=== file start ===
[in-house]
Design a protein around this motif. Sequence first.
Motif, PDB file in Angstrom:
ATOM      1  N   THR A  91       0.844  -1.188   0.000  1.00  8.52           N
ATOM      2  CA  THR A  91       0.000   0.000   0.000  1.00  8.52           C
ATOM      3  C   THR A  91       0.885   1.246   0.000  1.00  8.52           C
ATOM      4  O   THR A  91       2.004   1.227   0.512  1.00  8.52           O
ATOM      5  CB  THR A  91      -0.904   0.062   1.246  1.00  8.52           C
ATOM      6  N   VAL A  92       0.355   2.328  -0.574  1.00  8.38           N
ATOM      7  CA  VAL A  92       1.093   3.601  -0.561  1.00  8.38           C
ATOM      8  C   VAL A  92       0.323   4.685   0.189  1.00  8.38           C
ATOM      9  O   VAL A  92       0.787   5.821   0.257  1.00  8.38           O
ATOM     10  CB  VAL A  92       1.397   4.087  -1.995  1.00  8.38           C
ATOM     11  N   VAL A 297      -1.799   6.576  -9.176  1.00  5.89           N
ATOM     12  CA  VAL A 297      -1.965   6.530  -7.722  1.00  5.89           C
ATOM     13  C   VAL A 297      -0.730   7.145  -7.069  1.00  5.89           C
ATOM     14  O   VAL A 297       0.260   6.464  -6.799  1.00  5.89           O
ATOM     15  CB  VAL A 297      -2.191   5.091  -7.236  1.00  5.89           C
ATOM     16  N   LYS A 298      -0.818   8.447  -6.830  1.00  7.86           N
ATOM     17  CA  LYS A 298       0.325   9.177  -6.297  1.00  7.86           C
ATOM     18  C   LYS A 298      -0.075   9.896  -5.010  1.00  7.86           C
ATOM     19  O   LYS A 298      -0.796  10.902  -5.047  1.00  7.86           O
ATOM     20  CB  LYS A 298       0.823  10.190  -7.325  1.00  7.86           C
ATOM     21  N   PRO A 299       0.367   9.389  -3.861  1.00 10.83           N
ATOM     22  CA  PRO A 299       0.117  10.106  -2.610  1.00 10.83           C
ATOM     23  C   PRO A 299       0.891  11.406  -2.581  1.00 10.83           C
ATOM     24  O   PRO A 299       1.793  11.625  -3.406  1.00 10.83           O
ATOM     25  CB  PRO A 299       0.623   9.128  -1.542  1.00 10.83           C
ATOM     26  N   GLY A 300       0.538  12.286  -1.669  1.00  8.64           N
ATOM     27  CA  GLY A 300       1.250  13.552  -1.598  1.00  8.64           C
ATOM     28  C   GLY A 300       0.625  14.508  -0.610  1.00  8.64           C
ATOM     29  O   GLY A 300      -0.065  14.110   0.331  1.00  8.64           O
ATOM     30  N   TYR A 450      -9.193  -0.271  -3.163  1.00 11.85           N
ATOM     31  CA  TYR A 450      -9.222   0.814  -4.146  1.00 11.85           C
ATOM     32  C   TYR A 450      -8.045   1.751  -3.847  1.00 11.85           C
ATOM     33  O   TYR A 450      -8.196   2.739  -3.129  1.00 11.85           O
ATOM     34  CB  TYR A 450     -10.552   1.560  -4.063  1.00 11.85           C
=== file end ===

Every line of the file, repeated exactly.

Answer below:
[in-house]
Design a protein around this motif. Sequence first.
Motif, PDB file in Angstrom:
ATOM      1  N   THR A  91       0.844  -1.188   0.000  1.00  8.52           N
ATOM      2  CA  THR A  91       0.000   0.000   0.000  1.00  8.52           C
ATOM      3  C   THR A  91       0.885   1.246   0.000  1.00  8.52           C
ATOM      4  O   THR A  91       2.004   1.227   0.512  1.00  8.52           O
ATOM      5  CB  THR A  91      -0.904   0.062   1.246  1.00  8.52           C
ATOM      6  N   VAL A  92       0.355   2.328  -0.574  1.00  8.38           N
ATOM      7  CA  VAL A  92       1.093   3.601  -0.561  1.00  8.38           C
ATOM      8  C   VAL A  92       0.323   4.685   0.189  1.00  8.38           C
ATOM      9  O   VAL A  92       0.787   5.821   0.257  1.00  8.38           O
ATOM     10  CB  VAL A  92       1.397   4.087  -1.995  1.00  8.38           C
ATOM     11  N   VAL A 297      -1.799   6.576  -9.176  1.00  5.89           N
ATOM     12  CA  VAL A 297      -1.965   6.530  -7.722  1.00  5.89           C
ATOM     13  C   VAL A 297      -0.730   7.145  -7.069  1.00  5.89           C
ATOM     14  O   VAL A 297       0.260   6.464  -6.799  1.00  5.89           O
ATOM     15  CB  VAL A 297      -2.191   5.091  -7.236  1.00  5.89           C
ATOM     16  N   LYS A 298      -0.818   8.447  -6.830  1.00  7.86           N
ATOM     17  CA  LYS A 298       0.325   9.177  -6.297  1.00  7.86           C
ATOM     18  C   LYS A 298      -0.075   9.896  -5.010  1.00  7.86           C
ATOM     19  O   LYS A 298      -0.796  10.902  -5.047  1.00  7.86           O
ATOM     20  CB  LYS A 298       0.823  10.190  -7.325  1.00  7.86           C
ATOM     21  N   PRO A 299       0.367   9.389  -3.861  1.00 10.83           N
ATOM     22  CA  PRO A 299       0.117  10.106  -2.610  1.00 10.83           C
ATOM     23  C   PRO A 299       0.891  11.406  -2.581  1.00 10.83           C
ATOM     24  O   PRO A 299       1.793  11.625  -3.406  1.00 10.83           O
ATOM     25  CB  PRO A 299       0.623   9.128  -1.542  1.00 10.83           C
ATOM     26  N   GLY A 300       0.538  12.286  -1.669  1.00  8.64           N
ATOM     27  CA  GLY A 300       1.250  13.552  -1.598  1.00  8.64           C
ATOM     28  C   GLY A 300       0.625  14.508  -0.610  1.00  8.64           C
ATOM     29  O   GLY A 300      -0.065  14.110   0.331  1.00  8.64           O
ATOM     30  N   TYR A 450      -9.193  -0.271  -3.163  1.00 11.85           N
ATOM     31  CA  TYR A 450      -9.222   0.814  -4.146  1.00 11.85           C
ATOM     32  C   TYR A 450      -8.045   1.751  -3.847  1.00 11.85           C
ATOM     33  O   TYR A 450      -8.196   2.739  -3.129  1.00 11.85           O
ATOM     34  CB  TYR A 450     -10.552   1.560  -4.063  1.00 11.85           C